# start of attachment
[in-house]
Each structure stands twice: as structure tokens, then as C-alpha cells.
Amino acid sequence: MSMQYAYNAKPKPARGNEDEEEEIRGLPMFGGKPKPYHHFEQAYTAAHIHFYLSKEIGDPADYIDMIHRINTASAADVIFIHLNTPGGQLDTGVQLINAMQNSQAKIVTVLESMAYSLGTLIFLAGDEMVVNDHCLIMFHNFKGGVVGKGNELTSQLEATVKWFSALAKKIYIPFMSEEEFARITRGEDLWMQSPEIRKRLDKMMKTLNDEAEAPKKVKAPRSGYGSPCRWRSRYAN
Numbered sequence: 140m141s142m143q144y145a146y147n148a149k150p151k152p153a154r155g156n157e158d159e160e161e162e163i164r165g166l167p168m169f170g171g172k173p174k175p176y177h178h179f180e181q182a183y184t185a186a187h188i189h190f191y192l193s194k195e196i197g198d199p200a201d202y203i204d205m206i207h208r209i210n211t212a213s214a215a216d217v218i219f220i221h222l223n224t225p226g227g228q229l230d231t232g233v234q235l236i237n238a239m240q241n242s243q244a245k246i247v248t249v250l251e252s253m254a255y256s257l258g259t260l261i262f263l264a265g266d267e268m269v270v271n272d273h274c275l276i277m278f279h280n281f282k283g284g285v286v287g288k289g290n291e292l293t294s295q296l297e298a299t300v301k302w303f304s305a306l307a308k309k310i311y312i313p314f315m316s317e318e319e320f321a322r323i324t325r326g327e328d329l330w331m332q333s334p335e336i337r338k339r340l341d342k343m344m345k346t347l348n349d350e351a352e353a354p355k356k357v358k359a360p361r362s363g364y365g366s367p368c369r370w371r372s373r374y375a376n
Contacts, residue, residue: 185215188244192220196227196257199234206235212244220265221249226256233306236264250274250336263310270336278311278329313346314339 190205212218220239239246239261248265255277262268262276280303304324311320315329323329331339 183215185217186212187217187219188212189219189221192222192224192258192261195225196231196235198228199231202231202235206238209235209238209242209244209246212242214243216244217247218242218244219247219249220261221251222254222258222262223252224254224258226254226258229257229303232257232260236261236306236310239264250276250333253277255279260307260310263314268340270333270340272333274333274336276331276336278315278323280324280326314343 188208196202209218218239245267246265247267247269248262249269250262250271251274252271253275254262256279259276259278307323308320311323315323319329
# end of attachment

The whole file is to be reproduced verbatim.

[in-house]
Each structure stands twice: as structure tokens, then as C-alpha cells.
Amino acid sequence: MSMQYAYNAKPKPARGNEDEEEEIRGLPMFGGKPKPYHHFEQAYTAAHIHFYLSKEIGDPADYIDMIHRINTASAADVIFIHLNTPGGQLDTGVQLINAMQNSQAKIVTVLESMAYSLGTLIFLAGDEMVVNDHCLIMFHNFKGGVVGKGNELTSQLEATVKWFSALAKKIYIPFMSEEEFARITRGEDLWMQSPEIRKRLDKMMKTLNDEAEAPKKVKAPRSGYGSPCRWRSRYAN
Numbered sequence: 140m141s142m143q144y145a146y147n148a149k150p151k152p153a154r155g156n157e158d159e160e161e162e163i164r165g166l167p168m169f170g171g172k173p174k175p176y177h178h179f180e181q182a183y184t185a186a187h188i189h190f191y192l193s194k195e196i197g198d199p200a201d202y203i204d205m206i207h208r209i210n211t212a213s214a215a216d217v218i219f220i221h222l223n224t225p226g227g228q229l230d231t232g233v234q235l236i237n238a239m240q241n242s243q244a245k246i247v248t249v250l251e252s253m254a255y256s257l258g259t260l261i262f263l264a265g266d267e268m269v270v271n272d273h274c275l276i277m278f279h280n281f282k283g284g285v286v287g288k289g290n291e292l293t294s295q296l297e298a299t300v301k302w303f304s305a306l307a308k309k310i311y312i313p314f315m316s317e318e319e320f321a322r323i324t325r326g327e328d329l330w331m332q333s334p335e336i337r338k339r340l341d342k343m344m345k346t347l348n349d350e351a352e353a354p355k356k357v358k359a360p361r362s363g364y365g366s367p368c369r370w371r372s373r374y375a376n
Contacts, residue, residue: 185215188244192220196227196257199234206235212244220265221249226256233306236264250274250336263310270336278311278329313346314339 190205212218220239239246239261248265255277262268262276280303304324311320315329323329331339 183215185217186212187217187219188212189219189221192222192224192258192261195225196231196235198228199231202231202235206238209235209238209242209244209246212242214243216244217247218242218244219247219249220261221251222254222258222262223252224254224258226254226258229257229303232257232260236261236306236310239264250276250333253277255279260307260310263314268340270333270340272333274333274336276331276336278315278323280324280326314343 188208196202209218218239245267246265247267247269248262249269250262250271251274252271253275254262256279259276259278307323308320311323315323319329